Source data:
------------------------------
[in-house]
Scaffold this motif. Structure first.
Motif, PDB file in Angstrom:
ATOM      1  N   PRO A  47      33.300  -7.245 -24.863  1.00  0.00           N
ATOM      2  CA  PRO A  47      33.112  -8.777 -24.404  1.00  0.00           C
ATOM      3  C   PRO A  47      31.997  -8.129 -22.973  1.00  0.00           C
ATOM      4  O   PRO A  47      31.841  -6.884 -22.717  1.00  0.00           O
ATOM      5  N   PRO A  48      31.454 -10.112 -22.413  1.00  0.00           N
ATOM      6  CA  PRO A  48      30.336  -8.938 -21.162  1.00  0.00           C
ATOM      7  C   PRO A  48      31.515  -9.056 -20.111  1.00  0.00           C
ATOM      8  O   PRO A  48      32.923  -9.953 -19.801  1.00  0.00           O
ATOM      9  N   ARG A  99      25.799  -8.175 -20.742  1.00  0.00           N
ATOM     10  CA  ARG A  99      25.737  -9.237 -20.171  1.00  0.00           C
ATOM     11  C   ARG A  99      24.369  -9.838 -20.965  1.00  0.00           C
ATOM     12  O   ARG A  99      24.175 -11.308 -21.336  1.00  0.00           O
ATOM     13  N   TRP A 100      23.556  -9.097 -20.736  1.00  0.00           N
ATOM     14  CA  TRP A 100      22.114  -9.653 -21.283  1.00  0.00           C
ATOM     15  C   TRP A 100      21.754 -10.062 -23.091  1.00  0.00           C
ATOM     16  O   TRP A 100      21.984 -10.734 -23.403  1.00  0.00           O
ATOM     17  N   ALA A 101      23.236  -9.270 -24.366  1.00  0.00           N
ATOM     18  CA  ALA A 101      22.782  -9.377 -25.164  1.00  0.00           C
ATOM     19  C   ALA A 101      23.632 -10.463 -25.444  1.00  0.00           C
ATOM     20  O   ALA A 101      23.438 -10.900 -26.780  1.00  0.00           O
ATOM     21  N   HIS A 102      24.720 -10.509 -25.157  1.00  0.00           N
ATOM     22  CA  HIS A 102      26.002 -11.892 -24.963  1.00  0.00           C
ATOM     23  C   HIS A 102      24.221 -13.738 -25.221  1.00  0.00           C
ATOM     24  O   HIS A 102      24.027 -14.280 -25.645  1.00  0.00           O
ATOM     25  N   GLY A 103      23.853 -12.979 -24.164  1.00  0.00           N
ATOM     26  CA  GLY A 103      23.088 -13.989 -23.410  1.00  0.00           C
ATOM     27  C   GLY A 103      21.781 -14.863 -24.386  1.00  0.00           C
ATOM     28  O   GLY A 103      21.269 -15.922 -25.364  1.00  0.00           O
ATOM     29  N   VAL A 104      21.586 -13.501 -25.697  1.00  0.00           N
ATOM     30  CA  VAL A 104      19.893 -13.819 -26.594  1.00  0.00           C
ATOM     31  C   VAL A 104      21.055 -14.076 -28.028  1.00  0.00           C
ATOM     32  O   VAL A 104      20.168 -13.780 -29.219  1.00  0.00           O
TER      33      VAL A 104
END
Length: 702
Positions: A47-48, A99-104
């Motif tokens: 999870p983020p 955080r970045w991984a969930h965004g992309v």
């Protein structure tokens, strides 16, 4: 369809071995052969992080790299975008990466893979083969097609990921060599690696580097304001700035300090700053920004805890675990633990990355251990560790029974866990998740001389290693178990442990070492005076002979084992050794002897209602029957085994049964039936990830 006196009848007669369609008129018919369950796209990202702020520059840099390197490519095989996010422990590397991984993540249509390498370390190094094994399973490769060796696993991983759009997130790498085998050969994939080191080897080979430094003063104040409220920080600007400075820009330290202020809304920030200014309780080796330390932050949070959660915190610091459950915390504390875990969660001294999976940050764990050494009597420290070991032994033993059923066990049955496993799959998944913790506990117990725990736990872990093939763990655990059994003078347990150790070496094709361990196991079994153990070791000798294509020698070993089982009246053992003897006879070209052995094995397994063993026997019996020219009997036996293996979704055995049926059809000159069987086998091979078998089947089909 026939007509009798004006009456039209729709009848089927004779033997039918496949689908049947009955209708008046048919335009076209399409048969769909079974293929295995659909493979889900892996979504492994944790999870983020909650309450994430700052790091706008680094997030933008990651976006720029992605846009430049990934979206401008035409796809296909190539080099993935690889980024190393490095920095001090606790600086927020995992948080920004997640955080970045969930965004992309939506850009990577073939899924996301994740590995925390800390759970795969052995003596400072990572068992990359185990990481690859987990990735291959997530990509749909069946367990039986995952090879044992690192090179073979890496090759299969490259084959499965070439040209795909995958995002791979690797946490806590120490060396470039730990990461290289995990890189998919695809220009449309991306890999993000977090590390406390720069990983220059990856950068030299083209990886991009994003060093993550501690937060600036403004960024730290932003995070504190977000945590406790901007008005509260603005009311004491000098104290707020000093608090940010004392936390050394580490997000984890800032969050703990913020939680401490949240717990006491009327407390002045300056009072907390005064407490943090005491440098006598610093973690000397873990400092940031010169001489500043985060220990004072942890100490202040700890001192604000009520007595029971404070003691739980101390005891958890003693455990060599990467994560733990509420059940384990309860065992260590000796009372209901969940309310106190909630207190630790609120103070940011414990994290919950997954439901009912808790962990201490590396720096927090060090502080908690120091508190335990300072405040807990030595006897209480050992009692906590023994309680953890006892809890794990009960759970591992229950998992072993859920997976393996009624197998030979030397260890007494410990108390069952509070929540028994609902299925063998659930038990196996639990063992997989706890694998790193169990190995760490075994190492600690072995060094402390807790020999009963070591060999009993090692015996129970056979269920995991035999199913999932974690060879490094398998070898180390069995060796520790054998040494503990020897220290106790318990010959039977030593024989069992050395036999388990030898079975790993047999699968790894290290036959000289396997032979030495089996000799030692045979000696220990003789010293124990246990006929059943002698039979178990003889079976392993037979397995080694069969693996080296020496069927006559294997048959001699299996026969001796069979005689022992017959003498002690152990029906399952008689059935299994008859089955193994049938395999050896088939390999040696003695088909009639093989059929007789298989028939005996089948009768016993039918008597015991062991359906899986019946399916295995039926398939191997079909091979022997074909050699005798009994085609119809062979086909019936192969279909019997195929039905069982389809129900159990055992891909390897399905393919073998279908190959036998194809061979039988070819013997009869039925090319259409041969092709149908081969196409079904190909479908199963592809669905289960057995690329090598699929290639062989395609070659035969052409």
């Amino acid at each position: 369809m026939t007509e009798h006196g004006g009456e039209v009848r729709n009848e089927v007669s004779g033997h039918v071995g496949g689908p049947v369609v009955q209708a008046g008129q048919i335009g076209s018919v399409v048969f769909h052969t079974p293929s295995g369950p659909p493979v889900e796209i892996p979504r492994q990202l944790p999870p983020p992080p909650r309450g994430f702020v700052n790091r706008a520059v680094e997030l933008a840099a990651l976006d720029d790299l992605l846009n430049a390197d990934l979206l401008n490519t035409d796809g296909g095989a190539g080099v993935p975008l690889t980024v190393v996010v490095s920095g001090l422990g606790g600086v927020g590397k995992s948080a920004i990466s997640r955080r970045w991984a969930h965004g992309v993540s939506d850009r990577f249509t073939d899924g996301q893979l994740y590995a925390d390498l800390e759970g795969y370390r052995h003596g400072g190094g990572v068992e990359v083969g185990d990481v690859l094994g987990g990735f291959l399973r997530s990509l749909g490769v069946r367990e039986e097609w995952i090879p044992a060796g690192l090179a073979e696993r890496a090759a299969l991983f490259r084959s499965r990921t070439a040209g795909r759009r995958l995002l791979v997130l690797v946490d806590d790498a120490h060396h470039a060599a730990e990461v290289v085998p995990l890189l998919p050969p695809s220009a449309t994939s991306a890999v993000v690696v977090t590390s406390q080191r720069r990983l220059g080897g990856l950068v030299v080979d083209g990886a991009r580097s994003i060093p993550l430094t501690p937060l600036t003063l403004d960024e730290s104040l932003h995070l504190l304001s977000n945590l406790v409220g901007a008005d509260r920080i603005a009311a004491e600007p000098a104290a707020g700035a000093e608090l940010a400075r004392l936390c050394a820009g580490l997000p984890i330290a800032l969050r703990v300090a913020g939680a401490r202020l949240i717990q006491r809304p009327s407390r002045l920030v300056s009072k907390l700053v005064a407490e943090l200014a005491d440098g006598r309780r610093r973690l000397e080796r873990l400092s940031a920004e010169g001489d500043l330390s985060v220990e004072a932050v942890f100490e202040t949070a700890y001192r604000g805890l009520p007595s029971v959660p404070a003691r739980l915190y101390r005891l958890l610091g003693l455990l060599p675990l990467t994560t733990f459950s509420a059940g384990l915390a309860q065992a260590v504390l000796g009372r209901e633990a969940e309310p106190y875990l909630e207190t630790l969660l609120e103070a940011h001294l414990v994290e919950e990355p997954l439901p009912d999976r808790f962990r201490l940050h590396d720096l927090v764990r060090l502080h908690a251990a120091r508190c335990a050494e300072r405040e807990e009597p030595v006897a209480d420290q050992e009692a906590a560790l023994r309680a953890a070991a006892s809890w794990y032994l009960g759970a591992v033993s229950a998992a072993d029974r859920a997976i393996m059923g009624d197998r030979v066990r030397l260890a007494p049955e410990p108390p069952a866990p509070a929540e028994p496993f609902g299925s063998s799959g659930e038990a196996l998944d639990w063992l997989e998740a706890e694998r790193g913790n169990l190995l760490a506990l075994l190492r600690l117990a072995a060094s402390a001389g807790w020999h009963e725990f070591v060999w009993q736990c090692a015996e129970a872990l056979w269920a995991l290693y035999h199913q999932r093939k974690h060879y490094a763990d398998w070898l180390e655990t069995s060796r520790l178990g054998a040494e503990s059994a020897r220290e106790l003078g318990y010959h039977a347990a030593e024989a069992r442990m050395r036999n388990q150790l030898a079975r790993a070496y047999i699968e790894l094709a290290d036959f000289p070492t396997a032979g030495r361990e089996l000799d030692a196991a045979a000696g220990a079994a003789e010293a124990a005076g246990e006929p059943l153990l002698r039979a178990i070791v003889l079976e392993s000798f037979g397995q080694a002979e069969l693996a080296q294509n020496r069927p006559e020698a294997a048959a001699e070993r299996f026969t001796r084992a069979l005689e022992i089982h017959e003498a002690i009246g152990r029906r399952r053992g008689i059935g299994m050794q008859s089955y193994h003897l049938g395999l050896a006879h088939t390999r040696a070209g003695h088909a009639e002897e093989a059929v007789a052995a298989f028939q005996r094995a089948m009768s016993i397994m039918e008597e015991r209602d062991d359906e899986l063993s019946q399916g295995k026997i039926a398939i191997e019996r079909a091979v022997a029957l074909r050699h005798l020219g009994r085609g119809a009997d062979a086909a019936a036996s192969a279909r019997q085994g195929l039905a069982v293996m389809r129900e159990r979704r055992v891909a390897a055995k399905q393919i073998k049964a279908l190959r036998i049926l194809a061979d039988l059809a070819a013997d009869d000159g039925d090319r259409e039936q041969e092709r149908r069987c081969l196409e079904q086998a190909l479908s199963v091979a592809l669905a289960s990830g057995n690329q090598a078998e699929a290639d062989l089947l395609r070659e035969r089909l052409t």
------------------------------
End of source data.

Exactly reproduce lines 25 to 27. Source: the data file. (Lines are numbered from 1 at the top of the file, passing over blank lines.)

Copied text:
ATOM     22  CA  HIS A 102      26.002 -11.892 -24.963  1.00  0.00           C
ATOM     23  C   HIS A 102      24.221 -13.738 -25.221  1.00  0.00           C
ATOM     24  O   HIS A 102      24.027 -14.280 -25.645  1.00  0.00           O